Export approvals pushing U.S. into ‘danger zone’ — manufacturers
Published in E&E News
Hannah Northey, E&E reporter
The Obama administration is approving natural gas exports too hastily to countries that do not have free-trade agreements with the United States and needs to immediately halt such decisions until a legal basis for doing so is made clear, a coalition of large manufacturers said today.
Dow Chemical Co., steelmaker Nucor Corp. and the American Public Gas Association — all members of America’s Energy Advantage — warned that the Energy Department’s approval of four export applications to non-FTA countries is pushing the United States into a “danger zone” where prices could spike and the economy could suffer.
DOE has no legal standards for approving exports and is using a flawed study to support its finding that such projects are in the public interest, the group added.
“Pending development of adequate standards, the Department should suspend its disposition of liquefied natural gas (LNG) export applications and assess the implications of further approvals on the public interest, before lasting harm is done to our economy,” the companies said in a letter to Energy Secretary Ernest Moniz.
DOE routinely approves applications to sell LNG to its free-trade partners, but non-FTA partners rely on individual export facilities to secure a special permit from the agency. DOE is reviewing each application on a “case-by-case basis” and is looking first at projects moving through a prefiling process at the Federal Energy Regulatory Commission, which conducts environmental reviews of the actual terminals.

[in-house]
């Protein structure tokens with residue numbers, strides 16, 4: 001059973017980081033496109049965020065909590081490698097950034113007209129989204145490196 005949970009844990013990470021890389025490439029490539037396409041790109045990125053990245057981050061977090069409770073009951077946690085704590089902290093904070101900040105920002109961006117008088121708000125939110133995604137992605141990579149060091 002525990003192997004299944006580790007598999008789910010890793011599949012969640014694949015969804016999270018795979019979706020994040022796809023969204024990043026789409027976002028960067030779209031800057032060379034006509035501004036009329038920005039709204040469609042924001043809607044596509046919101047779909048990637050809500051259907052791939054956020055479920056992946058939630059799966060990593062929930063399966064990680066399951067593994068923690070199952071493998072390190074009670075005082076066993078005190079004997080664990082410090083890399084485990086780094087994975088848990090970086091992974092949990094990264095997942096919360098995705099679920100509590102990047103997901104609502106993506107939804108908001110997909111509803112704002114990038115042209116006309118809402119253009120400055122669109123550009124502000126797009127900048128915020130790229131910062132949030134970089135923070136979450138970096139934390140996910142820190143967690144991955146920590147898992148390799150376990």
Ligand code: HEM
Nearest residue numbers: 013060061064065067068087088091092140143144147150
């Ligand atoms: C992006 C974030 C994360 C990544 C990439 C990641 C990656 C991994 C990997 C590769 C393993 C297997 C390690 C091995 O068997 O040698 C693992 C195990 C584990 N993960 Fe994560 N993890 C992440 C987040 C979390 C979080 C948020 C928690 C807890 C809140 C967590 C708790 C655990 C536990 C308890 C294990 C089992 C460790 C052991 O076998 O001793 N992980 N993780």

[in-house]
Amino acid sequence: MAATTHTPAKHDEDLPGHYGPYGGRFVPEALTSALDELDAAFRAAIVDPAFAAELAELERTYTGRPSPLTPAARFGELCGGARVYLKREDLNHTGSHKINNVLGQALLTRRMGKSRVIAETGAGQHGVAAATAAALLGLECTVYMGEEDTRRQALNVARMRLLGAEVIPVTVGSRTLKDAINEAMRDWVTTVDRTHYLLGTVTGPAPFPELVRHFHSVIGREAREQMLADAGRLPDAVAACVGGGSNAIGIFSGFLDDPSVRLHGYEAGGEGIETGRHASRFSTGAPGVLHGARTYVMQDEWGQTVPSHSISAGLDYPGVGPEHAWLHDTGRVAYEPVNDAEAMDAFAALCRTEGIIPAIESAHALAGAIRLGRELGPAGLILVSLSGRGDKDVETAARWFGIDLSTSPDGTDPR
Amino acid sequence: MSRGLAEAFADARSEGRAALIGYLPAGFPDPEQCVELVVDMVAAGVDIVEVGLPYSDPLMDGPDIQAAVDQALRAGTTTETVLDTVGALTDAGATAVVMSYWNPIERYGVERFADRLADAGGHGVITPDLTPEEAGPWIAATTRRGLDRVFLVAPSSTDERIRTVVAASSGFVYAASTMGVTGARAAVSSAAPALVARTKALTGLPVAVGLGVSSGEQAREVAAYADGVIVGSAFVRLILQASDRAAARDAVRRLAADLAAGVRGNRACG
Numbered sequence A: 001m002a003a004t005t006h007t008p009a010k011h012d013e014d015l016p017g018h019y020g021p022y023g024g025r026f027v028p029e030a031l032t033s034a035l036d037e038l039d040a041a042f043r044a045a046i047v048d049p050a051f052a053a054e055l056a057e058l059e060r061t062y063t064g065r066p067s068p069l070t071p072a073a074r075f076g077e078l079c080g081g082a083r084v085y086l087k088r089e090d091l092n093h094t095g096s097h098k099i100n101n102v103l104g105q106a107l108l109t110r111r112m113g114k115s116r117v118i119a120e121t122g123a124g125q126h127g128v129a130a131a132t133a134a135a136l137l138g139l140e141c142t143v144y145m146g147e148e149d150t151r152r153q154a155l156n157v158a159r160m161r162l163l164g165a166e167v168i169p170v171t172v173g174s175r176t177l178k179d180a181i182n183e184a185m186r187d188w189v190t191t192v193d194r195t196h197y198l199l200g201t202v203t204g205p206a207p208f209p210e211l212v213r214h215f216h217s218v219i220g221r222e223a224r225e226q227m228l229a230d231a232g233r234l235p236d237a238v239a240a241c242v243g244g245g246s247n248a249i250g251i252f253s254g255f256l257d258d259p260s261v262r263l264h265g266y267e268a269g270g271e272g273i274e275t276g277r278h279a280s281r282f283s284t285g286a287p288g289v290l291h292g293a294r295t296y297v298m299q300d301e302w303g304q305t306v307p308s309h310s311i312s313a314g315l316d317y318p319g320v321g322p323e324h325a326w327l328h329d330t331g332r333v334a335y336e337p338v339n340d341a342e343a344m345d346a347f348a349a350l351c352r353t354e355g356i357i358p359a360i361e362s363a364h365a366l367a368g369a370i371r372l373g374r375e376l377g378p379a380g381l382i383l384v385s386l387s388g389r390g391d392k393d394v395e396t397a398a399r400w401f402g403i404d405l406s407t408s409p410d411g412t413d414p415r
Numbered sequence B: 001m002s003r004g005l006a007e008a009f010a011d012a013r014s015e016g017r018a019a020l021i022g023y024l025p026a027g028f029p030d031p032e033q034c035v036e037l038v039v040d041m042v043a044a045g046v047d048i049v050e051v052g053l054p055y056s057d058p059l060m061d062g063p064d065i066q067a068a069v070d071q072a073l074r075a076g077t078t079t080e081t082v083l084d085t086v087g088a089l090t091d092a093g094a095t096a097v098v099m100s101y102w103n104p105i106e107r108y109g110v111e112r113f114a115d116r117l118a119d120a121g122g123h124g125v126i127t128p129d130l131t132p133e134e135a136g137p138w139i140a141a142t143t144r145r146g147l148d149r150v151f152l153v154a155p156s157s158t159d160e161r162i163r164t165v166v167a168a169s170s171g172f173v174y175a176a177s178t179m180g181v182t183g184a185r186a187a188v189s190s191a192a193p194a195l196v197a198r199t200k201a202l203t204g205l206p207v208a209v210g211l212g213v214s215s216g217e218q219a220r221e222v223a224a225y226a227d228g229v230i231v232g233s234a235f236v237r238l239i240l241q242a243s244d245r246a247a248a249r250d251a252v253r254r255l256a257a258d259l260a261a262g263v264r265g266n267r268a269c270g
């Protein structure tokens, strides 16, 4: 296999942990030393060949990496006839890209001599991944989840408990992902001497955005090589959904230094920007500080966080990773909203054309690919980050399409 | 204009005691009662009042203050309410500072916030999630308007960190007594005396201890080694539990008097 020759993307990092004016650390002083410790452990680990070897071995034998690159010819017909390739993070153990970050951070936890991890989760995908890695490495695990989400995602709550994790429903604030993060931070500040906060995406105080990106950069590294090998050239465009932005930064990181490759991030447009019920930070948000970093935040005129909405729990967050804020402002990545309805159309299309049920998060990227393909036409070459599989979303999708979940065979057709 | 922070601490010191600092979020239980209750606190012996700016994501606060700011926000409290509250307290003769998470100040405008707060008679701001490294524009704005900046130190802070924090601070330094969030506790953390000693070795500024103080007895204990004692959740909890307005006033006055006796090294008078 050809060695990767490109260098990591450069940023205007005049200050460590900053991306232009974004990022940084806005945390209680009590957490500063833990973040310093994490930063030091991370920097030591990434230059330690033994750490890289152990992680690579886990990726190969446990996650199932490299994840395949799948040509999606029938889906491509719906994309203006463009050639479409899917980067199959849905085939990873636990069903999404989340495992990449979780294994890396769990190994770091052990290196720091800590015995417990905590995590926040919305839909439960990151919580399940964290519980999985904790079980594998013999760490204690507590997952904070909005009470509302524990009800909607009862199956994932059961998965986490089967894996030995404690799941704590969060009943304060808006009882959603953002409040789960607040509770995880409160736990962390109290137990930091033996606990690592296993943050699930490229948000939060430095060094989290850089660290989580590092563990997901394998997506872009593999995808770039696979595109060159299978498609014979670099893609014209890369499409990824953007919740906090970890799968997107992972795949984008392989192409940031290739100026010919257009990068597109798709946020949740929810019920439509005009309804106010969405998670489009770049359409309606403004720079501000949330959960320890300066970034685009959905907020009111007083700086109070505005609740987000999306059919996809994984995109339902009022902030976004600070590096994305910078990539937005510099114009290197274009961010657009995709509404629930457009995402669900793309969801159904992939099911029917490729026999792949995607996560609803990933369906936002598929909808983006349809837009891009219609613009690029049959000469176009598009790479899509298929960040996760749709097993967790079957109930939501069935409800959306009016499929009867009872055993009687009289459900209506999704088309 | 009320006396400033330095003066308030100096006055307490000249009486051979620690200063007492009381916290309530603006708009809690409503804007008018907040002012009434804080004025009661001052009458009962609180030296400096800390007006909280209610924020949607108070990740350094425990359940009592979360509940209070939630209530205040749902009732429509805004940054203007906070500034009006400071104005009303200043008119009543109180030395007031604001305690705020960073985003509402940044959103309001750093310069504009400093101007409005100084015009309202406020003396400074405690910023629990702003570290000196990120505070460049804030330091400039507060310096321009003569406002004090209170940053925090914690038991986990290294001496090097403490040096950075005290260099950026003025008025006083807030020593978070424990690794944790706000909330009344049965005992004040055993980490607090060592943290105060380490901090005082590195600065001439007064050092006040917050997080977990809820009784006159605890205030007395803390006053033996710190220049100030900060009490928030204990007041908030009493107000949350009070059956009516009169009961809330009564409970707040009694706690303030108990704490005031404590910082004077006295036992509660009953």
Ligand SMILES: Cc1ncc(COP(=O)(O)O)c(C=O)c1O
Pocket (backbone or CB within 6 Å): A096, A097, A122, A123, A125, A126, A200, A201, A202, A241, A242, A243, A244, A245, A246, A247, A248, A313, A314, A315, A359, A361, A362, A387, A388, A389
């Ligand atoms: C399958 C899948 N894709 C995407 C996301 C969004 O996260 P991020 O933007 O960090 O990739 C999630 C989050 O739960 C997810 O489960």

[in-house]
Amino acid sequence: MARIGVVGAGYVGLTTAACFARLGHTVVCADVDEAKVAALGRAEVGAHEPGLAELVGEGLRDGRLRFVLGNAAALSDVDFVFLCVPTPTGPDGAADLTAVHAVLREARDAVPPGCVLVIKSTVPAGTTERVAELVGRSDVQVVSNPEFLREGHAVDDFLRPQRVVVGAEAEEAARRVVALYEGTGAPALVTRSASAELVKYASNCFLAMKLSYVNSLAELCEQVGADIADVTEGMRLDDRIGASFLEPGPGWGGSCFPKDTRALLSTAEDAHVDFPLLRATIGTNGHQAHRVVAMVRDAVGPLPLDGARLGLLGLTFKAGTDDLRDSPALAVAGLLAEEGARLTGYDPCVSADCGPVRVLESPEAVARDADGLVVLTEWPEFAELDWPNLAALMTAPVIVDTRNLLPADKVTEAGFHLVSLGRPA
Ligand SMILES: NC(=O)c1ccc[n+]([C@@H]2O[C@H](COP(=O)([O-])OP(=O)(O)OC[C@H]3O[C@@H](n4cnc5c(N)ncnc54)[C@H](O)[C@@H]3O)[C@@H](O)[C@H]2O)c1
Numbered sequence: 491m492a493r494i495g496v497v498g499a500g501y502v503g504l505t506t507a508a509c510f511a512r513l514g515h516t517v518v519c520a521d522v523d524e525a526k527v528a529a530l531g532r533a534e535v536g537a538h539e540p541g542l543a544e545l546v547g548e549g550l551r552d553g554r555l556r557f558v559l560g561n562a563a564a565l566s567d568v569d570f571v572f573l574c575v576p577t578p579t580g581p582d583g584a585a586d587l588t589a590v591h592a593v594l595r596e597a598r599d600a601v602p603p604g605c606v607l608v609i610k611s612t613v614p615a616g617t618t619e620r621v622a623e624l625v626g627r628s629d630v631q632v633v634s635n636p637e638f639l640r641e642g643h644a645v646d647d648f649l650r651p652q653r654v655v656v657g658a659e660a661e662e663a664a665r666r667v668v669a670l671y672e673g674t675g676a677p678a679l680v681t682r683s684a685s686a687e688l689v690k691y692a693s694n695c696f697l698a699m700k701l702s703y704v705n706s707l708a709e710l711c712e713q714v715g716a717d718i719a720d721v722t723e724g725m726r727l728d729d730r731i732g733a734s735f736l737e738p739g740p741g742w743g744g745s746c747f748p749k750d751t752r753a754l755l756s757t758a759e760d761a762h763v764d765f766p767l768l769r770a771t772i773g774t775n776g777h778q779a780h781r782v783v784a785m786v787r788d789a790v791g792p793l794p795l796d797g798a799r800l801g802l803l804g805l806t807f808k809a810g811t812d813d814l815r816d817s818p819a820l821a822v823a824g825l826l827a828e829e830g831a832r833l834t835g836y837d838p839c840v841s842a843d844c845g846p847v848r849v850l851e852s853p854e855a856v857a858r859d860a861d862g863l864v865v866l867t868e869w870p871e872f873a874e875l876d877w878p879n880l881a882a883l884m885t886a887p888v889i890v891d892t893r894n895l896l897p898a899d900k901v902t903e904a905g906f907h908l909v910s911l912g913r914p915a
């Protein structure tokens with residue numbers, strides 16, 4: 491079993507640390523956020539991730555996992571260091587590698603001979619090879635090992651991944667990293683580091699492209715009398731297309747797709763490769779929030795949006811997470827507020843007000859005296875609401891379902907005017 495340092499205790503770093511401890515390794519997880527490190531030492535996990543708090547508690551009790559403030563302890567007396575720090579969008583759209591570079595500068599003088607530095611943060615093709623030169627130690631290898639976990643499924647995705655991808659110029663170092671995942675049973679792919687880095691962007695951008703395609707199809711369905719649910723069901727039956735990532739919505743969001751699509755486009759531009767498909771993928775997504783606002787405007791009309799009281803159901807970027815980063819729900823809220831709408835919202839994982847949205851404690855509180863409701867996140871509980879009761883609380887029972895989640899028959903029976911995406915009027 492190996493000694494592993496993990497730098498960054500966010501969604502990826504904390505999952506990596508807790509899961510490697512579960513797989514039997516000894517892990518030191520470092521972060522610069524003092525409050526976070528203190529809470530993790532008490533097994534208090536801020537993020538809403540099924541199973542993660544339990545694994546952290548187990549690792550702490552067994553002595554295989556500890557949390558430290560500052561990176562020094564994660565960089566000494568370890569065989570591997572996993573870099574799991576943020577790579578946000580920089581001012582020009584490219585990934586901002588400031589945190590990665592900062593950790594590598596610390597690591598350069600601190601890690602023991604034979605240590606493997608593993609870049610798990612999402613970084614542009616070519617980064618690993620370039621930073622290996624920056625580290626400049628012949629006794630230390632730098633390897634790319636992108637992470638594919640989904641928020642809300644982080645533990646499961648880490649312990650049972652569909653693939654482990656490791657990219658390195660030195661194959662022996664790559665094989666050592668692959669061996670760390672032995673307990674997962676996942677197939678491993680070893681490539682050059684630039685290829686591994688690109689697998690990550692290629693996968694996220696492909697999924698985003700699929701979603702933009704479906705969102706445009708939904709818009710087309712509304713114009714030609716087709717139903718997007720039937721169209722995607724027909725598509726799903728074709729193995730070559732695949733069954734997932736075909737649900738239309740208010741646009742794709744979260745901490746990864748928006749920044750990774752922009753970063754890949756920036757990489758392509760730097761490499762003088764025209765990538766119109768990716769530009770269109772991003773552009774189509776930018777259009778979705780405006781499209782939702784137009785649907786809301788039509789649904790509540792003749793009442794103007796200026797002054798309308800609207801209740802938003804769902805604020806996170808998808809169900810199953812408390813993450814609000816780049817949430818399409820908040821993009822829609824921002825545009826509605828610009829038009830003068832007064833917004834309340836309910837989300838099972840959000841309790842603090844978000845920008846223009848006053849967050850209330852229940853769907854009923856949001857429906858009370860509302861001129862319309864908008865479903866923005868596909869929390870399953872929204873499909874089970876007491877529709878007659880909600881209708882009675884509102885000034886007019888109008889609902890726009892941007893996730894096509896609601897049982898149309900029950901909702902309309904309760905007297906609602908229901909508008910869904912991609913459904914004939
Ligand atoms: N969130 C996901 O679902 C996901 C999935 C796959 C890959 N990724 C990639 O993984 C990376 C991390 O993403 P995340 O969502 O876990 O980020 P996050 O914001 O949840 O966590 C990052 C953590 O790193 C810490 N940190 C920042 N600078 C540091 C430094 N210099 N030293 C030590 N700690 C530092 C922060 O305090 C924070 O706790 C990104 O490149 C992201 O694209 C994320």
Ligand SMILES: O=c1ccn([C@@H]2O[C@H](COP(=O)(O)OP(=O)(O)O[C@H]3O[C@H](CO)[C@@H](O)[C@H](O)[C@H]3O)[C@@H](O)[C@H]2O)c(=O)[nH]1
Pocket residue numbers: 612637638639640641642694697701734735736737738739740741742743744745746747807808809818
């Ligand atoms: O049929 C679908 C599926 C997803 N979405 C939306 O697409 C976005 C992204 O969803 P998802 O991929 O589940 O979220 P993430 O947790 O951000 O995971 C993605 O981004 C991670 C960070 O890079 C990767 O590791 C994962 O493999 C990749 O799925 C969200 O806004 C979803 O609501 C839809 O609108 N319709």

The administration has voiced its support for exports, with President Obama saying the United States could become a net gas exporter by 2020, but is also moving forward cautiously.
However, manufacturers warned that the amount of gas already approved for exports — 6.6 billion cubic feet per day — exceeds the “low export scenario” laid out in a report DOE commissioned last year through NERA Economic Consulting. DOE concluded from that report that LNG exports would come with broad economic benefits that grow along with export volumes (E&ENews PM, Aug. 7).
“It is very clear that the cumulative impact of these LNG export approvals has, in fact, undermined the public interest,” the groups wrote. “The natural gas marketplace has changed so much that the NERA report’s conclusions — already unfounded — have been rendered obsolete.”
NERA’s report fails to recognize a growing reliance on gas stemming from new U.S. EPA clean air rules and fuel switching in the transportation sector, and DOE is using vague language in approving export applications, the groups said.
But Richard Schmalensee, a professor of economics emeritus at the Massachusetts Institute of Technology’s Sloan School of Management, said the “main pillars” of the NERA study are in place and the United States is not in the business of limiting exports unless it’s for sanctions or national security.
“We don’t restrict exports in the United States,” he said.
Concerns raised in the letter stand in stark contrast to a growing call in both chambers of Congress for DOE to move faster in approving LNG export applications, most recently from a group of bipartisan, bicameral lawmakers from Western states (E&E Daily, Nov. 13).
Export boosters say 34 senators and 110 House members support export approvals, as well as a growing number of governors.
Groups like Act on LNG have dismissed concerns that exports would drive up prices and are calling on DOE to fast-track approvals.